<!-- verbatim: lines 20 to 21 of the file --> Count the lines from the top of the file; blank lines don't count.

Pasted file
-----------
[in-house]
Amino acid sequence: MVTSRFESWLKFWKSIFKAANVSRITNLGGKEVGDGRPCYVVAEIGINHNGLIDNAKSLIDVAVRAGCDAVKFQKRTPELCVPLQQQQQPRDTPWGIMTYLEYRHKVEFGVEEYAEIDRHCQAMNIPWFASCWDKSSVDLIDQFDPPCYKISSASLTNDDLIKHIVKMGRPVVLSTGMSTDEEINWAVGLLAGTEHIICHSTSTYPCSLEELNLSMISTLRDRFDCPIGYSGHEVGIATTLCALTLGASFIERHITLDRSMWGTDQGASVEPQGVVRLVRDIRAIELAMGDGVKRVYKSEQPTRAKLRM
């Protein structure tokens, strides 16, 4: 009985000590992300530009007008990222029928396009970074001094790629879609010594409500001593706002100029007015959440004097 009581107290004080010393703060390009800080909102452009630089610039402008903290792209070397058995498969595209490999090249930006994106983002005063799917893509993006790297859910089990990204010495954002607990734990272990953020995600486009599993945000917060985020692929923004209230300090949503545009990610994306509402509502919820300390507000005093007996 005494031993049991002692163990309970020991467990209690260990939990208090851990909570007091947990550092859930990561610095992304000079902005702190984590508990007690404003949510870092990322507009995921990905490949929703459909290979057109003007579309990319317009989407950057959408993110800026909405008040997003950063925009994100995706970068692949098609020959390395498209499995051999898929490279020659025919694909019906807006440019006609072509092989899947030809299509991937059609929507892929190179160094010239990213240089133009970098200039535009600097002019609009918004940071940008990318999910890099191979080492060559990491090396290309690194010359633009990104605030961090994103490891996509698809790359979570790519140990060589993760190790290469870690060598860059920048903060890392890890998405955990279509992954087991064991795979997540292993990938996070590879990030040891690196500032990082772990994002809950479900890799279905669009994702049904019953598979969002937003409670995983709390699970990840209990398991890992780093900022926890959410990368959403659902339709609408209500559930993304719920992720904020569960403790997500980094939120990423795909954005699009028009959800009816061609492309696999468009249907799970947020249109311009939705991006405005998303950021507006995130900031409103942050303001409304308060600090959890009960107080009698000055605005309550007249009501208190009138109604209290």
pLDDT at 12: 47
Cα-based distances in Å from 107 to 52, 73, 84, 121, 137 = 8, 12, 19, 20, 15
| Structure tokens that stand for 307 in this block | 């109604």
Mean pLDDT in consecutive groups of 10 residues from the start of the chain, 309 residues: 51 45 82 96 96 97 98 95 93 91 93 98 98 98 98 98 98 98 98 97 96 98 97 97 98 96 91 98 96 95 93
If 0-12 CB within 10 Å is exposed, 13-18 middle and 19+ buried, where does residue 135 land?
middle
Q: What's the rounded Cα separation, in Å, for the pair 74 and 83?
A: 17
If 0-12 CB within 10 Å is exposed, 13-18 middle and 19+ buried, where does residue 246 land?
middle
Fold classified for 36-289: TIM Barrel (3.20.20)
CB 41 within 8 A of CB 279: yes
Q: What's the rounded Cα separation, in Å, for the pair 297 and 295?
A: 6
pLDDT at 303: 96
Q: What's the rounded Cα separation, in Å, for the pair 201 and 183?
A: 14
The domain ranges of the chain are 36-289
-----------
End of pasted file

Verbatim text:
A: 14
The domain ranges of the chain are 36-289